The Human Rights Defenders Coalition (HRDC) has suspended demonstrations it had planned to force government to come up with stringent measures that would deter illegal land sales and corruption.
The decision was arrived at after a meeting HRDC held with Ministry of Lands, Housing and Urban Development officials at Livimbo Primary School yesterday morning before meeting line Minister Symon Vuwa Kaunda at his office in the afternoon.
Stakeholders on the controversial Livimbo land sale engaged in a heated discussion after the ministry officials presented the historical background of the two plots, one of which belongs to businessperson Ahmed Yajub Laheri.
When news of the alleged sale of part of the land broke out last week, HRDC threatened to hold demonstrations against government for lack of commitment to end illegal land sales and corruption in the ministry, among other concerns.
During the meeting attended by education managers and the school’s Parents Teachers Association representatives, ministry officials provided documents and maps that indicated that the school had not been sold but that it had been encroached by about 6.1 metres.
The ministry’s surveyor general Julius Chisi said government is following necessary steps to reclaim the encroached portion.
He said: “Looking at the information that has been presented, we can conclude that no part of the school was sold. But we agree that there is encroachment on the three sides. As a ministry, we will develop a roadmap on how to deal with the issue.”
His statement was supported by deputy commissioner of Lands Muhammad Selemani, who gave a detailed account on how ownership of the land transitioned from government to an individual.
Part of his statement reads: “The application to change ownership was granted on 10 April 1990. Following the granting of permission, a certificate of lease was issued to Laheri in 1998. The registration of the lease was done on 18 June 2008. It was registered as application 674/2008 at Tikwere House in City Centre.”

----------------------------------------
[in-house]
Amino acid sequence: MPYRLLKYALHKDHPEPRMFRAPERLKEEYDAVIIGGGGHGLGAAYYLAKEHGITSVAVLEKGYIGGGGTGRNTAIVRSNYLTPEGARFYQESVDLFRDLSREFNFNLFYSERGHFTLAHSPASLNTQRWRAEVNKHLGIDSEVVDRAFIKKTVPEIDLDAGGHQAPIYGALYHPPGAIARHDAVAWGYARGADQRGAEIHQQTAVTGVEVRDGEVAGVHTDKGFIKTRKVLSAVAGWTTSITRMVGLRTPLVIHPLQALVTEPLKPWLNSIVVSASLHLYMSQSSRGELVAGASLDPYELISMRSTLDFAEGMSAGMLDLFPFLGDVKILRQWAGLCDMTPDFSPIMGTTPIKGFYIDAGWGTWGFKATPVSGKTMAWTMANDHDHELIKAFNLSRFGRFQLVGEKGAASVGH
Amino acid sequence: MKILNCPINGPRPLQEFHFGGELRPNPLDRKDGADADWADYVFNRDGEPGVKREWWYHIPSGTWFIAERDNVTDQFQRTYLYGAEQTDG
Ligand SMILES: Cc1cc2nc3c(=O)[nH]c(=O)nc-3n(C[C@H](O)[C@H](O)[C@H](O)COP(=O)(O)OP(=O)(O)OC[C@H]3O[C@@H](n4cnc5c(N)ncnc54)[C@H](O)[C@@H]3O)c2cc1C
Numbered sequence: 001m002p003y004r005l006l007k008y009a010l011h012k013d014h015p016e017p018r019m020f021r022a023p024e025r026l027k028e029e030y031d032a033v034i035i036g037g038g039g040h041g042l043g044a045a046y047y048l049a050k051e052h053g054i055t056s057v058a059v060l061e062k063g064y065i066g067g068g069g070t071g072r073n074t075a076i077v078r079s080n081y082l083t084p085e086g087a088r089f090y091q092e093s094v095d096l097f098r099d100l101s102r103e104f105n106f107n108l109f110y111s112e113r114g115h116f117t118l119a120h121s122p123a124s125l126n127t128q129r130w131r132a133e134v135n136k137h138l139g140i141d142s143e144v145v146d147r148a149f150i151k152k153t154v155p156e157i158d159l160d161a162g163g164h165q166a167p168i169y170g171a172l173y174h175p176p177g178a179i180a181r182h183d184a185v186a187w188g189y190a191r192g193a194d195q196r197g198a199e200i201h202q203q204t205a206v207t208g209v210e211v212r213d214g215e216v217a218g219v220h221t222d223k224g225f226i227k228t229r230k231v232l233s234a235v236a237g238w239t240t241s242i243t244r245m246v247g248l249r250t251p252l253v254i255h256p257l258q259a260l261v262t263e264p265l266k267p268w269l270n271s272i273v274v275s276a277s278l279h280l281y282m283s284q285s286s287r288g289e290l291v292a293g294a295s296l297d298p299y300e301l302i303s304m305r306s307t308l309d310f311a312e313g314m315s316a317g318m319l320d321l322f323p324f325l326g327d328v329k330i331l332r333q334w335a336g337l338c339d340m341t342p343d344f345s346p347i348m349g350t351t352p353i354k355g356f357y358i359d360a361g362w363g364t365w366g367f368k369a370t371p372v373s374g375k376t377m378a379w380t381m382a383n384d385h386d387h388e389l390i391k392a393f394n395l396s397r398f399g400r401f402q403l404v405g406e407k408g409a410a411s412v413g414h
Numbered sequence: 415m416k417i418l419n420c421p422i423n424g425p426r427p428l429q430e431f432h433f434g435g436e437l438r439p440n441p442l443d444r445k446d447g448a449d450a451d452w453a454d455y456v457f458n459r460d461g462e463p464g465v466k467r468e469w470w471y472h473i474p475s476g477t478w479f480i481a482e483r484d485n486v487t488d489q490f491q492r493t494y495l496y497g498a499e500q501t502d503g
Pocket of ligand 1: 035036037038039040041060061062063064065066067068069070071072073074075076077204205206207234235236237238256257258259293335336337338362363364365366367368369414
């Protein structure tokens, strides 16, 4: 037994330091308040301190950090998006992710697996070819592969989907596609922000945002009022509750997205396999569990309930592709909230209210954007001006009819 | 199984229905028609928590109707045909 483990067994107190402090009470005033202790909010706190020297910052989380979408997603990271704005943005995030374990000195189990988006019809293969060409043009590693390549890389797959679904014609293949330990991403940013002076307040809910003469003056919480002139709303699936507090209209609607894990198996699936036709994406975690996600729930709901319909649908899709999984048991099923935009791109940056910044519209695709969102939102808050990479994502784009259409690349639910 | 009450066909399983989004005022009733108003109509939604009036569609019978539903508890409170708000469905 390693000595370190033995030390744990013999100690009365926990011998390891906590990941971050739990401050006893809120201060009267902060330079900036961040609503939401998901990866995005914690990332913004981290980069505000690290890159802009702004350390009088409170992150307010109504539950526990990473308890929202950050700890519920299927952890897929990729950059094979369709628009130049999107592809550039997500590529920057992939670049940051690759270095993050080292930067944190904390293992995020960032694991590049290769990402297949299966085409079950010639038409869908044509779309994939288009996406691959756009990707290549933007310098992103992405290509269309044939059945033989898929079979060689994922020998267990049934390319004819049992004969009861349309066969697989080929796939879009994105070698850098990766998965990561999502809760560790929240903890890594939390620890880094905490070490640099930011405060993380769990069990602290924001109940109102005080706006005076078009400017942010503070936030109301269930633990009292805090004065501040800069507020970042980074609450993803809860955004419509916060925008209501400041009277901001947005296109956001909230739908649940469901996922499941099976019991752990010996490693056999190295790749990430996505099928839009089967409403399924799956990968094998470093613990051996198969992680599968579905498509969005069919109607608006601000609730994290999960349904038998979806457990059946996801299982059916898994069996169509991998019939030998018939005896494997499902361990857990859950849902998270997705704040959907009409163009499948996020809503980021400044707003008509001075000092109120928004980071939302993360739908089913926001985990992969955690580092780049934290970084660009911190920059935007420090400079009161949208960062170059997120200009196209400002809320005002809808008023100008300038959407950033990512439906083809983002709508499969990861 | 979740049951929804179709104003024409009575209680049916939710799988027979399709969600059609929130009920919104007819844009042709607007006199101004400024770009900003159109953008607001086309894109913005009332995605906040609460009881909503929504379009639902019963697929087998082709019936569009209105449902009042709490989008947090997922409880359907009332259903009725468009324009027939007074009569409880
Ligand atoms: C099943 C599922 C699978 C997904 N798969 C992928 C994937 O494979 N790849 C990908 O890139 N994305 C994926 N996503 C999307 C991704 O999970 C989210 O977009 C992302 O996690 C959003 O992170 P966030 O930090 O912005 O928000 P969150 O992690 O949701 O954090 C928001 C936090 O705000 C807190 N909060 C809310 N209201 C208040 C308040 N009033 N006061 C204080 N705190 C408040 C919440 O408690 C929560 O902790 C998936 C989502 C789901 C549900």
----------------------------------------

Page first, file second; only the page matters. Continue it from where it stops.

However, HRDC chairperson Timothy Mtambo, who was accompanied by his deputy Gift Trapence, demanded timelines within which the ministry will take action against the encroachment.
Before meeting Kaunda in the afternoon, the two leaders warned they would organise demonstrations if officials did not report back within five days from yesterday on the decisions government would make to ensure that the lost portion of land is claimed.
The dialogue session ended at the ministry where both sides committed to work together on the matter to end illegal land sales once and for all.
Mtambo said: “This issue of Livimbo is a sign of a rotten system in government. We will embark on serious investigations because this is becoming a problem across the country… But with the information we have been given today, particularly on Livimbo, we are withdrawing the five-day ultimatum and we will not hold demonstrations for this matter.
“Let me also state that as HRDC we will remain a good partner in development with government. But Let us resolve these matters as urgently as possible.”
While admitting that there are some elements of corruption, the minister assured HRDC that he will take up challenge to sort out the mess even if some of it was done during past regimes.
Said Kaunda: “The accusation that the school was sold was very huge. Nobody wanted to listen to us when we said the school was not sold. We believe now we are putting a close to the issue.
“As a new minister, I should say that we will ensure that these issues are resolved. We are going to act because the President [Peter Mutharika] has directed that we should not let anybody get away with corruption.”
During a recent spot-check at the school on Saturday, our sister publication Nation on Sunday found that some warehouses were constructed closer to classrooms at the premises. There are also boundary beacons mounted inside the school premises, purportedly by Laheri and his co-business person Irfan Mohamed Patel.
The Anti-Corruption Bureau (ACB) is currently probing the alleged sale of Livimbo Community Day Secondary School and two parliamentary committee members—Legal Affairs and Education—visited the school last Friday to get to the bottom of the matter before coming up with their stand on the wrangle.
Two weeks ago, Ministry of Lands, Housing and Urban Development busted a parallel ‘Lands Office’ in Lilongwe which allegedly transacted and sold plots with counterfeit documents.
Seven suspects were arrested in connection with operations of the dubious office.
Lawyer Ishmael Wadi, who is representing Laheri, said in an interview that he will advise his client on the issue of encroachment to ensure there is compliance with laws governing land.